With the playoffs approaching and so many big favorites around, everyone wonders whether the hangers-on have a chance. Usually they don't. But they've come up big a few times in the past several years.
The Giants did it twice, following mediocre seasons. The Ravens did it last year with a strong finish. What was the unlikeliest Super Bowl run, anyway? Fans everywhere probably have their favorites. For example, the 1968-9 Jets surely qualify, as they had to upset their way out of the AFL before stunningly toppling the Colts. But I believe the unlikeliest run I ever saw --- a true miracle run --- was that of the Patriots in 2001.
They came into the season a shadow of what Parcells had left behind when he walked, as he did from so many teams so many times. They had spent valuable capital to shanghai Bill Belichick, a relatively unknown commodity at the time, from the Jets. They started the season as if ready to repeat the past year's 5-11 performance, losing to the Bengals and the Jets.
In that second game, delayed a week by 9/11, one of the season's turning points occurred, and it wasn't very positive either. The team had already lost quarterback coach Dick Rehbein, who passed away before the season began. Now Drew Bledsoe, the face of the team and one of the league's premier quarterbacks, went down trying to scramble for a first down. His injury was more severe than it appeared (including a severed blood vessel), and he was gone for a long while as it turned out, perhaps lucky to be alive. Sophomore who-dat Tom Brady came in to manage the Pats to an uninspiring 10-3 loss as fans packed their figurative bags for the year.
A surprise 44-13 pasting of the Colts in the next game gave those fans some hope, but the Fins quashed that in week 4 and the Patriots went into the following weekend at 1-3, looking every bit their old 5-11 calibre. But they were playing harder than before and some fans seemed able to sense it. The sacrifice of Bledsoe's arm, far stronger and more accurate than Brady's, was being picked up by the rest of the team.
Still, it wasn't enough. I recall that next game on radio. I was dropping off my son for a classmate's birthday party at one of those awful rent-a-party arcades. I got him inside and went off to kill some time in the shopping district before picking him up. As I climbed back into the car, the radio told me the bad news --- the Flutie-led Chargers had a 10-point lead in the 4th. The Chargers were strong, and the Patriots had put up a good fight, but it was clear they didn't have enough. So I shut the radio off.
After picking my son up a bit later, I clicked the radio on again to catch the score and hear the post-game commiseration. I thought I must be listening to a replay. I mentioned to my son how silly radio replays were. Then I realized the game was still on! I figured by now it must be overtime and they must somehow have tied it. Before I could even determine where the ball was, Vinatieri kicked a field goal and won the game!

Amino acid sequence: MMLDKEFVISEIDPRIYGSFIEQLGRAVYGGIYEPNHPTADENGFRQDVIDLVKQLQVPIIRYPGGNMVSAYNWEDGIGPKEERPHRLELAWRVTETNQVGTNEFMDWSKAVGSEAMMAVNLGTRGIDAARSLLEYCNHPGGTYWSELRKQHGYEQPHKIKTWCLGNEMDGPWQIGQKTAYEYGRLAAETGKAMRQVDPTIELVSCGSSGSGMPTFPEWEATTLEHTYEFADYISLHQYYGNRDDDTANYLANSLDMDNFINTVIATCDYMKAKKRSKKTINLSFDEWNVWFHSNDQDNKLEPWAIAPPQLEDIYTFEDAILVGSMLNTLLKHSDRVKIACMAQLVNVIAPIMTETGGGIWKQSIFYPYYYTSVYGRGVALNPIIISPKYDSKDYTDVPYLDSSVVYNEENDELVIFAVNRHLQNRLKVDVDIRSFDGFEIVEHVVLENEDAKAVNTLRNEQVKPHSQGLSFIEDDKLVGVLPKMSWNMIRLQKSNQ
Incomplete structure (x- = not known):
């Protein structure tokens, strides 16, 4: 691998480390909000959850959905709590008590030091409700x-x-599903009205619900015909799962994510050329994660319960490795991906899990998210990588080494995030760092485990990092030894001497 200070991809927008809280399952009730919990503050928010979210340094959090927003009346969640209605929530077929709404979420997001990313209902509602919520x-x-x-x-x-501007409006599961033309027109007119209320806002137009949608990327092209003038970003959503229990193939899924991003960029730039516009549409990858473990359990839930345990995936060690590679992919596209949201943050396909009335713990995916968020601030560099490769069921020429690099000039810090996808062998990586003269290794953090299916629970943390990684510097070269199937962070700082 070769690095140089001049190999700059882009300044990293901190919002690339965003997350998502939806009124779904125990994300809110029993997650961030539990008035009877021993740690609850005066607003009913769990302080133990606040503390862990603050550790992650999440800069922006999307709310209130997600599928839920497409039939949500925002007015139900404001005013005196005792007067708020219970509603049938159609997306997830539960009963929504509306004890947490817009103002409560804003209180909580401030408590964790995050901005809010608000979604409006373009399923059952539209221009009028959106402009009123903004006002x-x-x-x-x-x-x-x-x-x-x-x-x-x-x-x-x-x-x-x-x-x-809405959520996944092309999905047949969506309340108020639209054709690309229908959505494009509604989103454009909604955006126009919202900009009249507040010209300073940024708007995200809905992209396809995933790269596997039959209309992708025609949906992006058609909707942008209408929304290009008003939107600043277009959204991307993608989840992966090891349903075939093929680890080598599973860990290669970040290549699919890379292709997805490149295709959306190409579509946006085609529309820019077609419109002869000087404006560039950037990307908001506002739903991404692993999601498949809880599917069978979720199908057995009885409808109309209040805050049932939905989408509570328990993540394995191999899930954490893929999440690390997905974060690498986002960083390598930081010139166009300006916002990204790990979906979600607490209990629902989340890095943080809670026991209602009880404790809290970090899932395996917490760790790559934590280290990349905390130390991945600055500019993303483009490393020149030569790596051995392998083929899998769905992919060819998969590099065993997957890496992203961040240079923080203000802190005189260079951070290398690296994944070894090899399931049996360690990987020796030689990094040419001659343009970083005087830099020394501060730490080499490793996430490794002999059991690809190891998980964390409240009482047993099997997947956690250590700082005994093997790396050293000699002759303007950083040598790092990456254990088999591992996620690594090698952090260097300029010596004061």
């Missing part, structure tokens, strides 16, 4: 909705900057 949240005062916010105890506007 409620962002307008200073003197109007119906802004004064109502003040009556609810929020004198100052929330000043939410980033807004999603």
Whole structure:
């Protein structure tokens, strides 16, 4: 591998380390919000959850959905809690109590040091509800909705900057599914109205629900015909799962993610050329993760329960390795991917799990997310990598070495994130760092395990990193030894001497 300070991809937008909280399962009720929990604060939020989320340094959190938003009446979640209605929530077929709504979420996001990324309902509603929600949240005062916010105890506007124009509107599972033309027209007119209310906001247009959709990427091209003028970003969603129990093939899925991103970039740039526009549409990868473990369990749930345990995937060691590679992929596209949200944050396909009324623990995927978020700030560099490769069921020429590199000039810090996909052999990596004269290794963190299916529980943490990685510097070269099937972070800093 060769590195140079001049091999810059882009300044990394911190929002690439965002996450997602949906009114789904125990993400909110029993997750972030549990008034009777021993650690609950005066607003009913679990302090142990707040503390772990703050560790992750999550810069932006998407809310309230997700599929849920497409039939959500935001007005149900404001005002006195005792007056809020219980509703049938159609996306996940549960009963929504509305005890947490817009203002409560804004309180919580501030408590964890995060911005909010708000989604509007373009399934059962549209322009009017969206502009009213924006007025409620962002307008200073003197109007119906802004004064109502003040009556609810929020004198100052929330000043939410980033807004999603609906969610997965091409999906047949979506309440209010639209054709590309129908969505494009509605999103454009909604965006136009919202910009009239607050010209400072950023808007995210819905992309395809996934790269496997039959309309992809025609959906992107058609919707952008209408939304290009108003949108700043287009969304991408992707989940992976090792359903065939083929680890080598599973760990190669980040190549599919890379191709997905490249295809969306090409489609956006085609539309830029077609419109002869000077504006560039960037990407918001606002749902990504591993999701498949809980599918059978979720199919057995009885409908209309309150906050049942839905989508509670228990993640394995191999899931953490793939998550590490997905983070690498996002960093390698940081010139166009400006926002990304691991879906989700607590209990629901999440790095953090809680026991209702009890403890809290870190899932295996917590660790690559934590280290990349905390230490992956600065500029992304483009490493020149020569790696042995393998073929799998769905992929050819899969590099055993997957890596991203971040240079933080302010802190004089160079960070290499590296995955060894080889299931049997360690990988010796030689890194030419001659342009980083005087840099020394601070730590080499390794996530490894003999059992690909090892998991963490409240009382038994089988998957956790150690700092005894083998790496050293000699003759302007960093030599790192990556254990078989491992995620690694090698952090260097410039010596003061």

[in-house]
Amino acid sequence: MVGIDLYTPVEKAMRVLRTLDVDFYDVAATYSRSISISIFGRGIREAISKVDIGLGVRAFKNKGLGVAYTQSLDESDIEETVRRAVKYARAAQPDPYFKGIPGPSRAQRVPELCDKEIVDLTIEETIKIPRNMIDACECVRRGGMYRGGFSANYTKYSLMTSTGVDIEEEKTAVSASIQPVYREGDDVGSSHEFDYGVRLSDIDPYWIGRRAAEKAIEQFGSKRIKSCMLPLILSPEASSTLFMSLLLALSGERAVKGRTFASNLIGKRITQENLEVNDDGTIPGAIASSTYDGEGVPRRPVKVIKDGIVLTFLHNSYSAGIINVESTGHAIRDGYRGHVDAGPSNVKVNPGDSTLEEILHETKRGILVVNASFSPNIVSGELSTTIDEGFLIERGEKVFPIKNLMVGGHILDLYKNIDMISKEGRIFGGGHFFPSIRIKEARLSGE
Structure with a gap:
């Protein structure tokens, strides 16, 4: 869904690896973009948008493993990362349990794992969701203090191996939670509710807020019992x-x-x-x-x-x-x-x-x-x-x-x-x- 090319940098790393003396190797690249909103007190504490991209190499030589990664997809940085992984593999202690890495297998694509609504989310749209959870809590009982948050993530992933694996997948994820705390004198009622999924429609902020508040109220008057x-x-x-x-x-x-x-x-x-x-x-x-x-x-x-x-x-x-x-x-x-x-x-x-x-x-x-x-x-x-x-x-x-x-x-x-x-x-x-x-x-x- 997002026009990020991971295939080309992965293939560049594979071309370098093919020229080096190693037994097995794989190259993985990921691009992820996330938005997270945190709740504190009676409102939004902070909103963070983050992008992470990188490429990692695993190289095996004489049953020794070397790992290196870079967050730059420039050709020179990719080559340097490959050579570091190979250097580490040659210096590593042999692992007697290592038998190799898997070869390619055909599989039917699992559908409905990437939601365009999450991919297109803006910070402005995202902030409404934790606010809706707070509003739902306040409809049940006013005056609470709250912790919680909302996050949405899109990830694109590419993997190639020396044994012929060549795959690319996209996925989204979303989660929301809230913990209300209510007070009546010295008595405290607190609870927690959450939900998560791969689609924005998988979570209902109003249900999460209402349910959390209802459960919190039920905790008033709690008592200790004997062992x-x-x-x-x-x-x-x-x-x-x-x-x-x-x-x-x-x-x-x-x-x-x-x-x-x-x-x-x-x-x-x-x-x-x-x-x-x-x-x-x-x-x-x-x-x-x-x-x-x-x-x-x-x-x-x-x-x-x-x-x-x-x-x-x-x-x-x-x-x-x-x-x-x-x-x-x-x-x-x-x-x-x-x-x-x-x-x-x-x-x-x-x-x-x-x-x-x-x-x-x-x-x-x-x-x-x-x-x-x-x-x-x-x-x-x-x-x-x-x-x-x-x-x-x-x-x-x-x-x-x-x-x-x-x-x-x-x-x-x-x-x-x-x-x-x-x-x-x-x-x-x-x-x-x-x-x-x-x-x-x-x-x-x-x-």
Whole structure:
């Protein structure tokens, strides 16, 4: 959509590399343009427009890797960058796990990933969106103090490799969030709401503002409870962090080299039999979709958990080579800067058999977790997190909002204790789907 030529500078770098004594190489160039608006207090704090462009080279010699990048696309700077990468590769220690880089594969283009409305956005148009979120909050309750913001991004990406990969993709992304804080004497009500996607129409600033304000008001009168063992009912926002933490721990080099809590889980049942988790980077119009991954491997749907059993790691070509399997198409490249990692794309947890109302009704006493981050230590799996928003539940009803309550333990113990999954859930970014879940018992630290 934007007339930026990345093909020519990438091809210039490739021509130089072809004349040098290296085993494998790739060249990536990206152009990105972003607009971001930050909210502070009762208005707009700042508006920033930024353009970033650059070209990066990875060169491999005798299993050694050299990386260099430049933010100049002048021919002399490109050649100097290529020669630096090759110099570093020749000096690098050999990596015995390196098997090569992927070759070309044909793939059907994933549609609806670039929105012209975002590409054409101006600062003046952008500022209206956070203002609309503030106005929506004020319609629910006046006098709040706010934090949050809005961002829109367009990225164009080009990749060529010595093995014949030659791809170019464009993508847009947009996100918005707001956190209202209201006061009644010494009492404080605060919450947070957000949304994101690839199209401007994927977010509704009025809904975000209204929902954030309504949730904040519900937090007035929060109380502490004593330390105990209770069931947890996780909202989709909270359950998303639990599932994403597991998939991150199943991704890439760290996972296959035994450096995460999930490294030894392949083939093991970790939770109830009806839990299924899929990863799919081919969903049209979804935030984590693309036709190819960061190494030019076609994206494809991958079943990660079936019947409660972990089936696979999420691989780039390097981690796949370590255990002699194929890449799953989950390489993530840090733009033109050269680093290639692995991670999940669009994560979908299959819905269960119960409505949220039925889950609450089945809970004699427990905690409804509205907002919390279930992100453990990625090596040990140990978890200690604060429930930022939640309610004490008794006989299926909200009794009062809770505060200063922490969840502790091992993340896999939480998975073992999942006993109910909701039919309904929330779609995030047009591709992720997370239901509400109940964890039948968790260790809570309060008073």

From then on, fans had some reason to believe in the 2-3 team. Slowly they improved, losing a few but winning as many. Fans hoped now for a winning season. The team was at least becoming a gang of likeable overachievers it seemed.
At 5-4, they suffered their last loss --- to the Greatest Show on Turf, in Foxboro. It was a 24-17 game, not a blowout. Even as it dropped New England to 5-5, fans still felt good about their team's progress even if the wildest dreams of boundless optimists had seemingly been put to bed.
That they finished the season on a 6-0 run was something nobody anticipated. They were going to the playoffs, incredibly with a 2-seed and a bye! This was more than anyone had hoped for... by a lot. 'Anyone' included the analysts, who made New England a solid underdog for their first game --- at home --- against 10-6 Oakland.
You may recall the Snow Bowl from watching, from rebroadcasts or from hand-wringing editorials, but I had it on my old projector tv, blasting onto a bulletin board covered with an oilcloth. Even before the game began announcers were busy writing the Patriots' epitaph. Big, strong Oakland in the snow? Surely the game would feature line play, Oakland's strong suit. It was the return of the big, bad Raiders and the Patriots were the opening course on the menu.
And Oakland did dominate the lines for most of the game. But the Patriots had developed a persona and they kept plugging, keeping the game close despite an inability to move the ball in what had become a blizzard. Still, it looked nearly hopeless, clearly so to the broadcast crew.
That the game should be eulogized as a fluke due to the Tuck Rule is a disservice to the Patriots. Their 1976 loss to Oakland, a clear fix by the officiating crew, has never been so documented by the league, which has conveniently suppressed most of the footage covering the last few minutes. Besides, New England had been bitten by the same new 1999 rule earlier in the season when it favored Vinny Testaverde. We've even seen it called in the past weekend of the current season in some form, despite its being abolished in March by team vote (the Patriots and Redskins abstained, and the Steelers cast the one opposing ballot).